• Officers shall use force only when necessary and “with minimal reliance upon the use of physical force.”
• While force is sometimes unavoidable, officers should not precipitate the unnecessary use of force.
• Officers shall use only the degree of force that is objectively reasonable and proportional to the threat or resistance.
• Through “advisements, warnings, verbal persuasion, and other tactics,” officers shall seek to de-escalate confrontations.
- Husky guide on UW cheerleading tryouts goes global
- Look like this, not that: UW pulls cheerleader-tryout advice after angry backlash
- APNewsBreak: Investigators look at overdose in Prince death
- Mexican agents hunting fugitives in Arlington slayings: ‘It’s only going to be a few days’
- Seahawks take Germain Ifedi with first-round pick in NFL draft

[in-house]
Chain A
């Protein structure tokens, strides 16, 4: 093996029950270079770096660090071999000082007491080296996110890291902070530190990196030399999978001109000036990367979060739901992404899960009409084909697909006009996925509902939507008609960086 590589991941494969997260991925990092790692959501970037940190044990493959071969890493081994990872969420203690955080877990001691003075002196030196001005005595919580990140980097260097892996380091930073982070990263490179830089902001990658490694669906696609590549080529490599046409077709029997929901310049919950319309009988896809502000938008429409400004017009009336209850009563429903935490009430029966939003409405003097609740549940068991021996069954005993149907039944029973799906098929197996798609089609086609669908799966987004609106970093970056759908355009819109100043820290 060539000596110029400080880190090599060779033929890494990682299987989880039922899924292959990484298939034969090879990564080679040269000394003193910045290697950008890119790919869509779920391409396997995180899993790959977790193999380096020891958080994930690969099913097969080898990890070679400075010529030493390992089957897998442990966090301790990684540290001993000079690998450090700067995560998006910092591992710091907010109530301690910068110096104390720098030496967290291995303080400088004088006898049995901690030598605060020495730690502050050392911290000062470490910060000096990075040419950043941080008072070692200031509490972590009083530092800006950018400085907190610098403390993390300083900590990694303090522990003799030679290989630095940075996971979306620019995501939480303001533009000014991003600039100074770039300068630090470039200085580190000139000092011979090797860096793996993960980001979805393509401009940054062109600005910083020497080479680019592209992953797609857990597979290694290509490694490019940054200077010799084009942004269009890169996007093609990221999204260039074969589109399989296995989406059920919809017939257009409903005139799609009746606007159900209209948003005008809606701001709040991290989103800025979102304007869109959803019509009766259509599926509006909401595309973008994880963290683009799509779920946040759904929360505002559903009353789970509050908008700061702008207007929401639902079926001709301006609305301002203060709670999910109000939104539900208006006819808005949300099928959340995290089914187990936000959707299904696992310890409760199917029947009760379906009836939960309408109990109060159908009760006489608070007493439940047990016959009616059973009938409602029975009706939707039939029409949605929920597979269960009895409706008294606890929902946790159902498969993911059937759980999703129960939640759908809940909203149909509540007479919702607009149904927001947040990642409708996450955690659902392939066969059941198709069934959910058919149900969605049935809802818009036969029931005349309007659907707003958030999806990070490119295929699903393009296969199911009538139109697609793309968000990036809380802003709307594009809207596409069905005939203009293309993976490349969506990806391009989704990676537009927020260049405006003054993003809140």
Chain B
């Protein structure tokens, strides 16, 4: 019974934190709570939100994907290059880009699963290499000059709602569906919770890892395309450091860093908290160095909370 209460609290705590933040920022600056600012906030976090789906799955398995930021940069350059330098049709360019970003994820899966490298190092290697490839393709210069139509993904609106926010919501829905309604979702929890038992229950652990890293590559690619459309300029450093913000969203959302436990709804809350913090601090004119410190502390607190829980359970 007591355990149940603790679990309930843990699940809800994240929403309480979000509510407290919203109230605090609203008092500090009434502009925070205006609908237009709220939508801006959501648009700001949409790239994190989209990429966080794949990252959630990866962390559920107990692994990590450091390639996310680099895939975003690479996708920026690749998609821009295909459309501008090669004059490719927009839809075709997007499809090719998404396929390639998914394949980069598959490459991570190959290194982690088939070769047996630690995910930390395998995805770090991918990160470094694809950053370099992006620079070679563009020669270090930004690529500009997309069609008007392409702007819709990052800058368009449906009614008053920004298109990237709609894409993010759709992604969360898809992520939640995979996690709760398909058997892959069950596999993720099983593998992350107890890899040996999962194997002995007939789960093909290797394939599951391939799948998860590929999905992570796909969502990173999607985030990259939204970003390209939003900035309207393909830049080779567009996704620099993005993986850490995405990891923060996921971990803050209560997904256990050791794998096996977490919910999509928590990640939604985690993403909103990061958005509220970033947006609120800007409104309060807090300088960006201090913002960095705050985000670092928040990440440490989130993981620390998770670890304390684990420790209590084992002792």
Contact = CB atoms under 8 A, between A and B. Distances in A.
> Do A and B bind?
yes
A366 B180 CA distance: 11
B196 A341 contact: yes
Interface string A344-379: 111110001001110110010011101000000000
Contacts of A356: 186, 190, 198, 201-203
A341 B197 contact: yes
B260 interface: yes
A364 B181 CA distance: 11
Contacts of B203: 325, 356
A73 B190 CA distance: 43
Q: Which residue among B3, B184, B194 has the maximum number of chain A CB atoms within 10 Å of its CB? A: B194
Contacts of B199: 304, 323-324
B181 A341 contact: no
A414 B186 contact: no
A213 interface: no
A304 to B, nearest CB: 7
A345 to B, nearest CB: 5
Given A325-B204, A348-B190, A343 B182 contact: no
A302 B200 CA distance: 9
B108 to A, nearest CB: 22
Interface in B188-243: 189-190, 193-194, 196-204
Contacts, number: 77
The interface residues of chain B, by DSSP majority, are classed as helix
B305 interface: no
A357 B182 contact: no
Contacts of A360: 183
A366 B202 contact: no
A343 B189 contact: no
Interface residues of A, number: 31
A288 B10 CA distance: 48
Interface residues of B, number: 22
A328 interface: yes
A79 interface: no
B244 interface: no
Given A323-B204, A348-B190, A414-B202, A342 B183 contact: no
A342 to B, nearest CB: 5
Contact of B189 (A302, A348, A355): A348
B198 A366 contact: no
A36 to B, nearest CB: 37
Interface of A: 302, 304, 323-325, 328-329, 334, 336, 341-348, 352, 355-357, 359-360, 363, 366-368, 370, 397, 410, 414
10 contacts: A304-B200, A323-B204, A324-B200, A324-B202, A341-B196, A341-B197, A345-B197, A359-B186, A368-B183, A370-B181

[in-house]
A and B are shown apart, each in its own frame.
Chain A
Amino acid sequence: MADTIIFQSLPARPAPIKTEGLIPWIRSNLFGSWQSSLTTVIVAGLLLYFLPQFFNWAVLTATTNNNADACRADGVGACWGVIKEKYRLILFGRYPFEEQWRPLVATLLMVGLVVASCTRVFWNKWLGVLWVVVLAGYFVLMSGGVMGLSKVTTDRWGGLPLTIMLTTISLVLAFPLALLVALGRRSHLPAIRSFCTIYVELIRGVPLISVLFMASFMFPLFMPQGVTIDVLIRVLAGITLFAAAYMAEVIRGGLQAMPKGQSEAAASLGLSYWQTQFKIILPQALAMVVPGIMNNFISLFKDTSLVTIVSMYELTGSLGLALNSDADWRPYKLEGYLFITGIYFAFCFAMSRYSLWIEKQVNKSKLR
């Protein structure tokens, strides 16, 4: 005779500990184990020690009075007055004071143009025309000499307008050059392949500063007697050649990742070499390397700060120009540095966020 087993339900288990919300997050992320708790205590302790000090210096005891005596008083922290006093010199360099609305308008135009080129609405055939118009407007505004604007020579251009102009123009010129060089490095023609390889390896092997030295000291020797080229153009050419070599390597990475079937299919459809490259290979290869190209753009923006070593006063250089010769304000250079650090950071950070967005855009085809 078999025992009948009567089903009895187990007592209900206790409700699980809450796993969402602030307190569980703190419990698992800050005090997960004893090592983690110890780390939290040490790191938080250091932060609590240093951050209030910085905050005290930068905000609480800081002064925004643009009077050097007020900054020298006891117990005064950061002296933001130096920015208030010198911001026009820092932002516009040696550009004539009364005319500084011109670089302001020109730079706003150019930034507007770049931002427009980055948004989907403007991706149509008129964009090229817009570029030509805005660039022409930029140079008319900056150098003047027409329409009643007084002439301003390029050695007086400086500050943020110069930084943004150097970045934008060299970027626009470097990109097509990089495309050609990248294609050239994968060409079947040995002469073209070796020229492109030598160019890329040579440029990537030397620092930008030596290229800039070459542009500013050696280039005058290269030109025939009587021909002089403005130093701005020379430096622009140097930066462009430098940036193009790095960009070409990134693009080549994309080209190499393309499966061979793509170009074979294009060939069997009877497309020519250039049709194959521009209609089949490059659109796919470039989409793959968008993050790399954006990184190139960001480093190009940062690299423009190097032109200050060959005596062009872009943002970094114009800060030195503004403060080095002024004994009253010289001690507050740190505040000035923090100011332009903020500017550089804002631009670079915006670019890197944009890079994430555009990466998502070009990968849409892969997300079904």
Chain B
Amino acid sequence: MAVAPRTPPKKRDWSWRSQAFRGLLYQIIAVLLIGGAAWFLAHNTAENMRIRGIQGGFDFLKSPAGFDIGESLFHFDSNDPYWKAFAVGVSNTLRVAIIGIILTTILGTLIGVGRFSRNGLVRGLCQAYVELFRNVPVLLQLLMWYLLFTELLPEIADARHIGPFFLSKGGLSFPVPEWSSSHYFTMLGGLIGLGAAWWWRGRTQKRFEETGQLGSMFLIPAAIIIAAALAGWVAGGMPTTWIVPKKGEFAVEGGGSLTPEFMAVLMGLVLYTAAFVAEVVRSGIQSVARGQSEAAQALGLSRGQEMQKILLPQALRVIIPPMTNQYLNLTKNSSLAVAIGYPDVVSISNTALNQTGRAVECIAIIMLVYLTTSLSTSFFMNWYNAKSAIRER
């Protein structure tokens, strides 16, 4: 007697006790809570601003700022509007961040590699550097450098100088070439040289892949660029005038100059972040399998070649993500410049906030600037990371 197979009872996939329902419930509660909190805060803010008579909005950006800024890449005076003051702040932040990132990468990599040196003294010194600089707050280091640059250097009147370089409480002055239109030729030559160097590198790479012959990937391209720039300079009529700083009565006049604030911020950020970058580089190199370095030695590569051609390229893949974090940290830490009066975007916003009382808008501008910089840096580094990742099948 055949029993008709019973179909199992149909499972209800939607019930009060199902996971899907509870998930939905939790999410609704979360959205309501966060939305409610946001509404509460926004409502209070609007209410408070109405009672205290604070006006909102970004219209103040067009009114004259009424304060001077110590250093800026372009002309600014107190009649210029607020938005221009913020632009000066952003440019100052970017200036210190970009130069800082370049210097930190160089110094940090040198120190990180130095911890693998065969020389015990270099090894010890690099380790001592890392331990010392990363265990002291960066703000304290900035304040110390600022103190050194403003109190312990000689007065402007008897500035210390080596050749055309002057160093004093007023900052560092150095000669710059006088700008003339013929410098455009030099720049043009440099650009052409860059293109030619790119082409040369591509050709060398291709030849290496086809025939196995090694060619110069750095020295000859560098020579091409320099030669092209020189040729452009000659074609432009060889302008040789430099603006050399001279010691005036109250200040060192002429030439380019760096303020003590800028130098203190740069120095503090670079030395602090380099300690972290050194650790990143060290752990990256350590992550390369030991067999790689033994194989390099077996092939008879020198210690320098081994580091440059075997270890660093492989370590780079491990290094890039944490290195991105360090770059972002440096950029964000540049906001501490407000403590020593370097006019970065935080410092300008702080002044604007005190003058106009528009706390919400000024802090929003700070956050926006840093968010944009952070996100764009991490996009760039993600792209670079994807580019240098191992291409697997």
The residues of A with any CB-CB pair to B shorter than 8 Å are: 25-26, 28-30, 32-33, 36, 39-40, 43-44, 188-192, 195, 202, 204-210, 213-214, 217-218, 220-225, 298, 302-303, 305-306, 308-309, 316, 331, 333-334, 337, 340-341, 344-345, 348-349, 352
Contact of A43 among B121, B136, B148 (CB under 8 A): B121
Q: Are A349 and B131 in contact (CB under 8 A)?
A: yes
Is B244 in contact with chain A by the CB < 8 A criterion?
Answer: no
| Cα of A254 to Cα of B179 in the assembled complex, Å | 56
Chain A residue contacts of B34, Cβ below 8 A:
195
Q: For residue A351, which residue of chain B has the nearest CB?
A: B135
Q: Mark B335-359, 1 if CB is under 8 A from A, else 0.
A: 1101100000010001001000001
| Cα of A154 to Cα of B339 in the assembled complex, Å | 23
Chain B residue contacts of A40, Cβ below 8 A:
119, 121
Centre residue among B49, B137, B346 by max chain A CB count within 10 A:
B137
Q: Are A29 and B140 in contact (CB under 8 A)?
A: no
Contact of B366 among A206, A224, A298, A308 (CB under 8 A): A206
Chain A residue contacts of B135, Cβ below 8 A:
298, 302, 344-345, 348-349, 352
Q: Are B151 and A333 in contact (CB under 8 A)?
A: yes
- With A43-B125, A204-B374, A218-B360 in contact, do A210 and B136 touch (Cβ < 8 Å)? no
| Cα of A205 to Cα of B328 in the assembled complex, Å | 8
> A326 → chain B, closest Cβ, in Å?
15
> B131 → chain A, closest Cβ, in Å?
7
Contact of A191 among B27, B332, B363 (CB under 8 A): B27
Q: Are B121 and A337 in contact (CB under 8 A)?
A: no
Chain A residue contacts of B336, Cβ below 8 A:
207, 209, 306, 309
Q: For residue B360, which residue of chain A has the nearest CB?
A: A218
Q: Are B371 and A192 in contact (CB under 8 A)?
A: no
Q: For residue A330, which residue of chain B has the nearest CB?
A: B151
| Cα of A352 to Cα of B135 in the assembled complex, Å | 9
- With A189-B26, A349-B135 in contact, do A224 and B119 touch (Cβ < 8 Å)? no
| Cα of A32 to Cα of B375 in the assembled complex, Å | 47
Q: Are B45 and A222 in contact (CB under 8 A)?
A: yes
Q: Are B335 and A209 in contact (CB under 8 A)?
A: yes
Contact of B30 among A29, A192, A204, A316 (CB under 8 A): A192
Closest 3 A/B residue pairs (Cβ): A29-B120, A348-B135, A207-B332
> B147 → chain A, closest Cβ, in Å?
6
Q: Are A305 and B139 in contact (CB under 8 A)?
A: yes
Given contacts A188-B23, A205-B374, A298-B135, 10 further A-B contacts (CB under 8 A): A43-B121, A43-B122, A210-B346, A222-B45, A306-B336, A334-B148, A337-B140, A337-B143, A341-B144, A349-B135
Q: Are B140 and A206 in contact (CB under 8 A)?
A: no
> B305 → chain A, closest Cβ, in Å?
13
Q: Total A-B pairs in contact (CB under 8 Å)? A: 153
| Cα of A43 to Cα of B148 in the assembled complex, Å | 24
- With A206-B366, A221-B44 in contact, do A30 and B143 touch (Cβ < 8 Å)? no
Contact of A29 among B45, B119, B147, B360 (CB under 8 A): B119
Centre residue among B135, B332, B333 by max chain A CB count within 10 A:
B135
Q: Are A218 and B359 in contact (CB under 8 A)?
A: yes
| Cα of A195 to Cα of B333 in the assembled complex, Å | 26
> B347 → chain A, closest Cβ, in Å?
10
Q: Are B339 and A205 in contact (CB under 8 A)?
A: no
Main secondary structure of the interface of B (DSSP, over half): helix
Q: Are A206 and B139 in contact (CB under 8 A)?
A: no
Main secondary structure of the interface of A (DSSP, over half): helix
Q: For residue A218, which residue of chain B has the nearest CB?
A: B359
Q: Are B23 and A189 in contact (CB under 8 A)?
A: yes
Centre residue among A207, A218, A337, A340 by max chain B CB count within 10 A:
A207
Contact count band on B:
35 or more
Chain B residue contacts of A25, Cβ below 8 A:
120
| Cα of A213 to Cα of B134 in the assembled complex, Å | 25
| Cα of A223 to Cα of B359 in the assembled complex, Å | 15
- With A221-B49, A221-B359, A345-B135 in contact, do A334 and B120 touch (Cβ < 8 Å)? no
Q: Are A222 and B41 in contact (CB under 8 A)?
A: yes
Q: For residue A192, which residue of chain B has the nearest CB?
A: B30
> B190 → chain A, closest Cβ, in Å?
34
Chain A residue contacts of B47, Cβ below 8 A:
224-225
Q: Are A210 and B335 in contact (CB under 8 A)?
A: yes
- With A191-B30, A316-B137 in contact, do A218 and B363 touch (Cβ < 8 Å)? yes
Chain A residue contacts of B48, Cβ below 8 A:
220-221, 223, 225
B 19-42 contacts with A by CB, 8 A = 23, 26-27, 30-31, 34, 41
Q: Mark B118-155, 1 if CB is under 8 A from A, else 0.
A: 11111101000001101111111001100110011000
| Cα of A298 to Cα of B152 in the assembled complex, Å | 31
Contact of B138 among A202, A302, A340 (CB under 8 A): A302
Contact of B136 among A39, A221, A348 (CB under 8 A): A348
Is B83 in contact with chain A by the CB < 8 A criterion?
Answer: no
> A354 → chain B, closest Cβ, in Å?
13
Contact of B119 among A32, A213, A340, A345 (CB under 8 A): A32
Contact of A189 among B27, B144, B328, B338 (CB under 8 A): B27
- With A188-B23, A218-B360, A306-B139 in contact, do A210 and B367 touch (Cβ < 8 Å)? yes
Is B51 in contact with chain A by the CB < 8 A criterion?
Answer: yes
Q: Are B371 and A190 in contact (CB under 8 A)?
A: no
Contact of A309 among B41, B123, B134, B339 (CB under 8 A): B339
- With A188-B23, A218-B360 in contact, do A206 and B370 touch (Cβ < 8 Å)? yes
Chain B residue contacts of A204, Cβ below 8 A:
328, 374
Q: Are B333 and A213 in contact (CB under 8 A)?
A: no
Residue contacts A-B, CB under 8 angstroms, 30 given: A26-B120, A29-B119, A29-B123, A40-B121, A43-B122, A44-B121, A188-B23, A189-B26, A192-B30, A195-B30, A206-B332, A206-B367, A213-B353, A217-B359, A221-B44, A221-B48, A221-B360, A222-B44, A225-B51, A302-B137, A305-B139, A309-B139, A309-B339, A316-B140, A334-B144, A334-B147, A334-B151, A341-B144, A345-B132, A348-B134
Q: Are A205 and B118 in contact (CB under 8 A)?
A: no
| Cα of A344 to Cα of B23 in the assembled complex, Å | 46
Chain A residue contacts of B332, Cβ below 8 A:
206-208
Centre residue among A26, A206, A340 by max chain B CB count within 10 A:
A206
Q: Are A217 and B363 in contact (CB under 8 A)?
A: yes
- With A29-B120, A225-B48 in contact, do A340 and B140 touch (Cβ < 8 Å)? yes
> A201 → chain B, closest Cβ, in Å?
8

Most Read Stories
• Officers must carry at least one less-lethal device, such as a Taser, pepper spray, a “bean bag” round or impact device that is unlikely to cause death but potentially could.
• All but minimal force must be reported, including the “intentional pointing of a firearm at a subject.”
• It is inappropriate to use force to punish or retaliate against people; or against people who verbally confront officers; or against handcuffed or restrained individuals.
• Supervisors will be required to review and screen use of force.
• A new Force Investigation Team (FIT) will look into highest-level uses of force, as well as officer-involved shootings, in-custody deaths and serious assaults on officers.
• The Use of Force Review Board is formally incorporated, with the responsibility to review high-level uses of force and identify trends or deficiencies regarding policy, training, equipment or tactics.
— Steve Miletich